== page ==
Mom’s Village & Your Child’s Cognitive Abilities
Several studies published in 2021 (reviewed in Small measures can be a big help for children of mothers with depression — ScienceDaily.) suggest the importance of a mother’s support in raising children. Specifically, these studies looked at 120 families with 9- to 10-month-old infants in Sweden and Bhutan and 100 refugee families in Turkey with children between 6- and 18-years-old. The common finding for the families in all three countries was that children’s attentiveness, social understanding, and ability to make decisions fell behind when their mothered suffered from mental health struggles like depression. That’s the bad news.
But there is good news. When a mother receives support from her partner or if she had a large family or a large social network that “rallied round and supported” her, the child’s development returned to the developmental norm. In other words, a mother’s strong, supportive “village” helps her become the best mother she can be and keeps her child on track developmentally.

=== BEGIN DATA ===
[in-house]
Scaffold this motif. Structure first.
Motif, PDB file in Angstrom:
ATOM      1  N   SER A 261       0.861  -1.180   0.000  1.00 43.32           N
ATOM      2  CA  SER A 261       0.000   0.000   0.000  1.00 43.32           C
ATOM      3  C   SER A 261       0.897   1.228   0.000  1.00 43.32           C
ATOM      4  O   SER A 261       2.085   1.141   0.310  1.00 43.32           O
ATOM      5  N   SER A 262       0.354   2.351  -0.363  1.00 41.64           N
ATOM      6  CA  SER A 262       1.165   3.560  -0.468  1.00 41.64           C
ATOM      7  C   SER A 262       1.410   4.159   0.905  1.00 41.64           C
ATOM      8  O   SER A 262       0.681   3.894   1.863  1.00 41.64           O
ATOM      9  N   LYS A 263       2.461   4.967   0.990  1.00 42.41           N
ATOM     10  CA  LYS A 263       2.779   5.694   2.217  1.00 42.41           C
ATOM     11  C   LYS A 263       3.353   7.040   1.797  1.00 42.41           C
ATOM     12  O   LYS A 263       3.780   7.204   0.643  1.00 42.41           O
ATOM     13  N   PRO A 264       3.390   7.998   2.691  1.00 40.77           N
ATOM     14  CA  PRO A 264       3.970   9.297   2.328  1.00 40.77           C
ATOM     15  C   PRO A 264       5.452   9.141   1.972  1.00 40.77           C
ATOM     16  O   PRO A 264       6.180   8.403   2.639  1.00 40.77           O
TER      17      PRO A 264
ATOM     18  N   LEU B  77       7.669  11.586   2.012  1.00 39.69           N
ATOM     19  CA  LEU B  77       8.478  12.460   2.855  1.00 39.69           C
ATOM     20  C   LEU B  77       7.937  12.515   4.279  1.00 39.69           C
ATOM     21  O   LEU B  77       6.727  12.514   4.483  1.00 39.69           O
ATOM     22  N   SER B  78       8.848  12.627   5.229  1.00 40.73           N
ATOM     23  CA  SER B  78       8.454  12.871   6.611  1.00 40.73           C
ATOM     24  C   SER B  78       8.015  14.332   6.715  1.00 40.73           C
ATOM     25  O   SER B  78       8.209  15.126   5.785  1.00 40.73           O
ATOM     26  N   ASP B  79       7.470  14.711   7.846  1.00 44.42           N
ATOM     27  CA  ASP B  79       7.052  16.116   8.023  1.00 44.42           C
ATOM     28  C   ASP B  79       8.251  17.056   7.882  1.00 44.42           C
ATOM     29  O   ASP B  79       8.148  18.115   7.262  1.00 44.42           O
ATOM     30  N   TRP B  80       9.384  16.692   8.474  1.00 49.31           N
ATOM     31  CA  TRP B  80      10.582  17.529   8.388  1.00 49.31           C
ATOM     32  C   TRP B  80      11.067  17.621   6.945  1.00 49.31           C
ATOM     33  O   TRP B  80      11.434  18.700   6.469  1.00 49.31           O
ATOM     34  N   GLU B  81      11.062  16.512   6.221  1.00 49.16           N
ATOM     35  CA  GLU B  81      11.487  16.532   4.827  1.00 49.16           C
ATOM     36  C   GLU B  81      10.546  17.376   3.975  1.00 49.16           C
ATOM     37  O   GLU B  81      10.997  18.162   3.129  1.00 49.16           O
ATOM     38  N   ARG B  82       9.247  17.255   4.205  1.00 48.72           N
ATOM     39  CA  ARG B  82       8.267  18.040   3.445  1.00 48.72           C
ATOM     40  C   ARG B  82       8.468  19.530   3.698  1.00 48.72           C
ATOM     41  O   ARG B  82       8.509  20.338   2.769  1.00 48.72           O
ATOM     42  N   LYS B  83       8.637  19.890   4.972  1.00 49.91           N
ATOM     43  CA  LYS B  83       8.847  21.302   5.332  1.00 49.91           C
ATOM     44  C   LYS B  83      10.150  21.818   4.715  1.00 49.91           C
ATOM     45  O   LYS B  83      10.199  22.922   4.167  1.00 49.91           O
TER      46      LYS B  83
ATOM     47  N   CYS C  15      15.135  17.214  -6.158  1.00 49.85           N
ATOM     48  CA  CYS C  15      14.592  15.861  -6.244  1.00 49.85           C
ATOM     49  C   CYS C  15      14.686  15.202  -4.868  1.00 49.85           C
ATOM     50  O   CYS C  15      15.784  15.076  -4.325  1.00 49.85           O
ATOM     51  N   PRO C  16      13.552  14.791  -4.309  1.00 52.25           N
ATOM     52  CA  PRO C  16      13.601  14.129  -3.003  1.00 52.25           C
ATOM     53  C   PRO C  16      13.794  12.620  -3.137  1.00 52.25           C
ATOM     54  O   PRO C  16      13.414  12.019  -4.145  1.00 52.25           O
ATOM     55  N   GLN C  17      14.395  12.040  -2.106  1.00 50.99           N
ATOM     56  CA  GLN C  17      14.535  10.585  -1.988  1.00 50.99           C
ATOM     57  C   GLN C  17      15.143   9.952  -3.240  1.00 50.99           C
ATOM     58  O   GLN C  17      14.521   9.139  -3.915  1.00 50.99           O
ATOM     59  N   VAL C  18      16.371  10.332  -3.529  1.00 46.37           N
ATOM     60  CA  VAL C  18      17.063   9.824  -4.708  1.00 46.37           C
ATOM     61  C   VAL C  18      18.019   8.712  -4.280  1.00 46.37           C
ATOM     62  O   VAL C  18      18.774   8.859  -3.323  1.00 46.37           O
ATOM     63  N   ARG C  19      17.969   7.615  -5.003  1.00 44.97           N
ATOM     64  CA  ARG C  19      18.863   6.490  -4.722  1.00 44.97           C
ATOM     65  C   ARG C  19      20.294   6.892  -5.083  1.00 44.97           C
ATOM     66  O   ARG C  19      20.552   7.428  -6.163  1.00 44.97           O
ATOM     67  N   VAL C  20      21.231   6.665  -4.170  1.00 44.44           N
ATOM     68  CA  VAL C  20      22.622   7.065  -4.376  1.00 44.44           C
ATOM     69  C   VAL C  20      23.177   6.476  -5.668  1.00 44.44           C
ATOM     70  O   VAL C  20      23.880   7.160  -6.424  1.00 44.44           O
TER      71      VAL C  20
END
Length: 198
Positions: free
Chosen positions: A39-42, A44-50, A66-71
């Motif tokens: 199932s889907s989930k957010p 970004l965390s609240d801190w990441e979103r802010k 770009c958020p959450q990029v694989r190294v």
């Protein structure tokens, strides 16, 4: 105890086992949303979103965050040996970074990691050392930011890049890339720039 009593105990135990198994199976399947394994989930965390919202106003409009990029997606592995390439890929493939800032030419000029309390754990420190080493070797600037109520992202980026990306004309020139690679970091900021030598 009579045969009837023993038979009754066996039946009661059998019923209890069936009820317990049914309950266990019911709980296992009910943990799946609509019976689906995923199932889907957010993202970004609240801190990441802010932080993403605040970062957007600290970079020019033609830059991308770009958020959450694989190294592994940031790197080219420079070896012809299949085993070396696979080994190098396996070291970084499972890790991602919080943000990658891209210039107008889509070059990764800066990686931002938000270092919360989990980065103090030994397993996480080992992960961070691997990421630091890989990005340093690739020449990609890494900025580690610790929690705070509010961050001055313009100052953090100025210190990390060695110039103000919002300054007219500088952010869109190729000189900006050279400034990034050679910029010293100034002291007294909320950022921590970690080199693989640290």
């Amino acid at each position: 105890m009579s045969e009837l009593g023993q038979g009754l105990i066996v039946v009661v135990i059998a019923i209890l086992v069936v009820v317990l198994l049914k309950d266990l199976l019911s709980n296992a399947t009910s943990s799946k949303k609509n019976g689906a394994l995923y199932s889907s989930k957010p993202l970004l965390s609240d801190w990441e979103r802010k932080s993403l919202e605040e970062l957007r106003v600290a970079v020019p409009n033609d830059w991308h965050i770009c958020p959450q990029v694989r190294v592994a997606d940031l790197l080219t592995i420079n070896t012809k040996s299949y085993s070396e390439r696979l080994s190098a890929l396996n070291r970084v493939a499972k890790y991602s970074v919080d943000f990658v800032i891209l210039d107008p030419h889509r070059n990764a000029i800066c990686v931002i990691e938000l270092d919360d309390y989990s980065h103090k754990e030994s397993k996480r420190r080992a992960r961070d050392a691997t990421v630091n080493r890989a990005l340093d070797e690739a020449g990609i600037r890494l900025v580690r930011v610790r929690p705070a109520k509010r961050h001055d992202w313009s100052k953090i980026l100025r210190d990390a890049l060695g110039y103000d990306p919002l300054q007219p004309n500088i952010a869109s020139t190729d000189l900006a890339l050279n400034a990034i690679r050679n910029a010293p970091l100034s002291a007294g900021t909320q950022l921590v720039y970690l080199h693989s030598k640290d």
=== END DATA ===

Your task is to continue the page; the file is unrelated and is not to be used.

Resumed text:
Where does this strong, supportive “village” come from?
- A supportive spouse who invests in the life of the mother and his family is part of a strong supportive village.
- A healthy extended family is another crucial aspect of the supporting village. Extended family willing to support, assist, and help while maintaining healthy boundaries is priceless for any parent raising a child
- Social groups like those found in religious life or an active community life rounds out a supportive village for mothers. These groups allow for regular times of meeting with other supportive people in a common phase of life or who share common interests. They allow for the development of relationships that support us in our life transitions, struggles, and celebrations. (For more ideas on building a village for your family see It Takes a Village…Yeah, But How?)
If we want strong, healthy families to support our children’s attentiveness, social understanding, and ability to make wise decisions, we need to build a village for every mother, parent, and family. If you’re a family, you can begin by reaching out to build that village today. If you are part of an extended family, strengthen your relationship with your family. If you are a church or other religious organization, intentionally work to create a supportive community for families within your community. Our families, our children…our future…depends on it.